Learning > Inspiration

From grandparents to social media sweethearts

Seniors in the US, Brazil and China make their presence felt online with help from the young

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Nilanjana Sengupta on 07 Apr 2019

The Straits Times

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A new rap video, called Nani (Hindi for grandmother), hit the Internet earlier this month. In it, India-born celebrity cook and actor Madhur Jaffrey, 85, dons a yellow beret, red lipstick and white wig and lip-syncs to lyrics such as "85-years-gold" and "the best damn Nani that you ever done seen".

 

The rap by Queens emcee Mr Cardamom, whose real name is Zohran Mamdani, has close to 40,000 views and pays tribute to his maternal grandmother Praveen Nair, a former social worker in Delhi.

 

While the video is making news for showcasing octogenarian Jaffrey rocking a new role and for the song's colourful lyrics, it is also being noted as an homage from a grandson to his grandmother.

 

"She has gone against the grain in so many different ways," Mamdani told The New York Times.

 

"We need more blokes writing homages to their grannies!" writes YouTube user dervlaann. "Bow down to your Nani, indeed. Kudos!"says YouTube user ortem000.

 

Who says the Internet is just for the young?

 

Across the globe, there are increasing numbers of seniors making their presence felt online, with the help of their grandchildren.

 

One grandmother teams up with her grandson to make hilarious YouTube videos in the United States.

 

A grandfather, who is based in Brazil, learnt how to use Instagram so he could connect with his grandchildren living in South Korea and the US.

 

Another grandmother has become an Internet sensation in China after her granddaughter posted videos of her eating in a carefree manner despite her age.

 

These seniors have been trending online with commenters enthusing about their energetic online presence, ability to embrace a new medium and for just being cute.

 

Comments such as "Grandma is so cute" and "I love your granny" are common for videos that American social media star Ross Smith puts up featuring him and his grandmother Pauline Kana.

 

The 92-year-old has been appearing in videos with Smith since 2013, and over various platforms including Vine, Instagram and YouTube.

 

They have 5.2 million followers on Facebook, 2.6 million followers on Instagram and the Ross Smith YouTube channel has more than 400,000 subscribers.

 

"Grandma heckles bodyguards" and "Don't steal grandma's Halloween candies" are just two videos that have crossed 6 million views.

 

A grandma-granddaughter pair is also setting the Internet alive in China, where a 98-year-old former traditional Chinese medicine practitioner demonstrates her uncontrolled love for spicy food and Coca Cola during mealtimes.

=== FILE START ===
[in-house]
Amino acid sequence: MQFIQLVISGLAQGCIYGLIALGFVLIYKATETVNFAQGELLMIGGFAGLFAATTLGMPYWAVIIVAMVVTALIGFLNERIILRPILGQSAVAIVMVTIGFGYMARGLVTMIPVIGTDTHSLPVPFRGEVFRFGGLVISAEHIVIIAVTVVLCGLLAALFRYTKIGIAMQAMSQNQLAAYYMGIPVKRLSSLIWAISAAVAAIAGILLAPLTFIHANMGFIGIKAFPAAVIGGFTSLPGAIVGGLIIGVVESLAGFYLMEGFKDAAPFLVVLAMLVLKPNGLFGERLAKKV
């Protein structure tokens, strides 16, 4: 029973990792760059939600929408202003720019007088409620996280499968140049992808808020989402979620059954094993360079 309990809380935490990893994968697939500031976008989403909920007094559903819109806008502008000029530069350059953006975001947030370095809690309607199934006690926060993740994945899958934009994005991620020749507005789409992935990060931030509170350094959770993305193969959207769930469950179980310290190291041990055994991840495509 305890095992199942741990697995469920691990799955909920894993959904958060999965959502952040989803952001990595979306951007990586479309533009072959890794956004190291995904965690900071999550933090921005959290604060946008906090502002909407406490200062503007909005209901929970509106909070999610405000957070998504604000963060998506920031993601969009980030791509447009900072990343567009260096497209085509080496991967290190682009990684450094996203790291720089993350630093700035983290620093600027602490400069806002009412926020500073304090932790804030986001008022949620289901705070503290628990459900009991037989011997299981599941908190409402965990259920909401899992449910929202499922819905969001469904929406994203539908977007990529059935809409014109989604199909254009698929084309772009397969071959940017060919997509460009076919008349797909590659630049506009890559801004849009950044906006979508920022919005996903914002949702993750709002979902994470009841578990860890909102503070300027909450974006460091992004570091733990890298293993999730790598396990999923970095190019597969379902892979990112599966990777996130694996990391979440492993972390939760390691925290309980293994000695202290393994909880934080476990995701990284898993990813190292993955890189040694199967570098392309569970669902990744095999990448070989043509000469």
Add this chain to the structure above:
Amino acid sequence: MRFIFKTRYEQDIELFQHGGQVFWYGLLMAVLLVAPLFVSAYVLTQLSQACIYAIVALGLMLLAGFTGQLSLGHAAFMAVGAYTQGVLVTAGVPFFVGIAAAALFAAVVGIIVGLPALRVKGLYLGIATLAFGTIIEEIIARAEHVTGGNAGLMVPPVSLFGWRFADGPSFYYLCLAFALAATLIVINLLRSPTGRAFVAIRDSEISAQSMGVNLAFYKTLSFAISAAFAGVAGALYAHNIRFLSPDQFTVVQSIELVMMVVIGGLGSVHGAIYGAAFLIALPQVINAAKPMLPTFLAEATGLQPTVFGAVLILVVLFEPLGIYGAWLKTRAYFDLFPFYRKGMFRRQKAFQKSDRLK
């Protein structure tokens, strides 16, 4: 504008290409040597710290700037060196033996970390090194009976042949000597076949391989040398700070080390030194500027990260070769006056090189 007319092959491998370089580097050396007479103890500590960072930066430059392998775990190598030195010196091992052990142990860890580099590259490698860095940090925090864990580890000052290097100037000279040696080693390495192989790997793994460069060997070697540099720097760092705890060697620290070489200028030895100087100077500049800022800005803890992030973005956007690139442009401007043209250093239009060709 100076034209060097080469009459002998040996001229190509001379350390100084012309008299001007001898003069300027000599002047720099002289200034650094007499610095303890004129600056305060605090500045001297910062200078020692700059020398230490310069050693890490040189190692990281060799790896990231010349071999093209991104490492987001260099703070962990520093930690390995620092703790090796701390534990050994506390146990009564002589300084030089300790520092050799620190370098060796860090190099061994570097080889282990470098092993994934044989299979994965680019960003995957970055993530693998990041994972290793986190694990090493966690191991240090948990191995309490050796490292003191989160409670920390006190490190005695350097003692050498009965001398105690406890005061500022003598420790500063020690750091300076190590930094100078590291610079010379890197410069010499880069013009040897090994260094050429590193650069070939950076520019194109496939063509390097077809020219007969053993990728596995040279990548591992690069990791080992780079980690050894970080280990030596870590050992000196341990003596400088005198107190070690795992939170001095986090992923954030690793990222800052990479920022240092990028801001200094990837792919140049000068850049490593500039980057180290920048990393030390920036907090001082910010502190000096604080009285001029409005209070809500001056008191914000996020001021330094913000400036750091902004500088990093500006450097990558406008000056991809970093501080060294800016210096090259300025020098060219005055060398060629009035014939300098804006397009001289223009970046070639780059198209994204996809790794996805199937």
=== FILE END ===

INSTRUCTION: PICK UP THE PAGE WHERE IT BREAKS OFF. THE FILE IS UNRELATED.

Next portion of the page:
According to her granddaughter, whose name is given as Cai by Chinese media reports, her grandmother's positive attitude is the secret to her longevity. The 63 short videos she posted on her grandmother on TikTok, also known as Douyin in China, have chalked up over 4 million likes, China Daily reports.

 

Over in Brazil, Grandpa Chan's Instagram page, "Drawings for my grandchildren", has more than 340,000 followers.

 

The 77-year-old, whose real name is Chan Jae-lee, acquainted himself with Instagram despite initial hesitation so that he could post drawings for his grandkids now aged 14, 15 and four, and living in Bucheon and New York.

 

"For old folks like me, the Internet can be very intimidating. And in order to use it properly, one must learn its capabilities and functions," he told Forth online magazine in an interview last month.

 

"Learning Instagram in the beginning was so hard, I almost said I can't do it. But my son's perseverance moved me, and finally after many hours when I succeeded in uploading my drawing, I felt a great sense of accomplishment," he added.

 

What started as a family project - Grandpa Chan's wife writes the captions for his drawings and his daughter helps manage his Facebook page - soon became a career as netizens began ordering prints of his drawings.

 

However, as more elderly people get on to the Internet, whether it is to be in tune with changing times, to stay in touch with families or because they are lonely, there is the growing risk of them falling victims to online scams or fake news.

 

Just last month, the US Justice Department announced the largest-ever coordinated sweep of elder fraud cases involving more than 260 defendants from around the globe who victimised more than two million Americans, most of them elderly.

 

In Singapore, there are courses to help seniors adapt to a digital lifestyle that help them make e-payments or use technology to remain connected in a safe manner.

 

There are risks but as long as there are grandchildren and children helping and egging their elderly relatives on, grandparents can continue to break the Internet with one cute moment after another.

 

After all, love and bonding can be great teachers and motivators.

 

Source: The Straits Times © Singapore Press Holdings Limited. Reproduced with permission.

 

 

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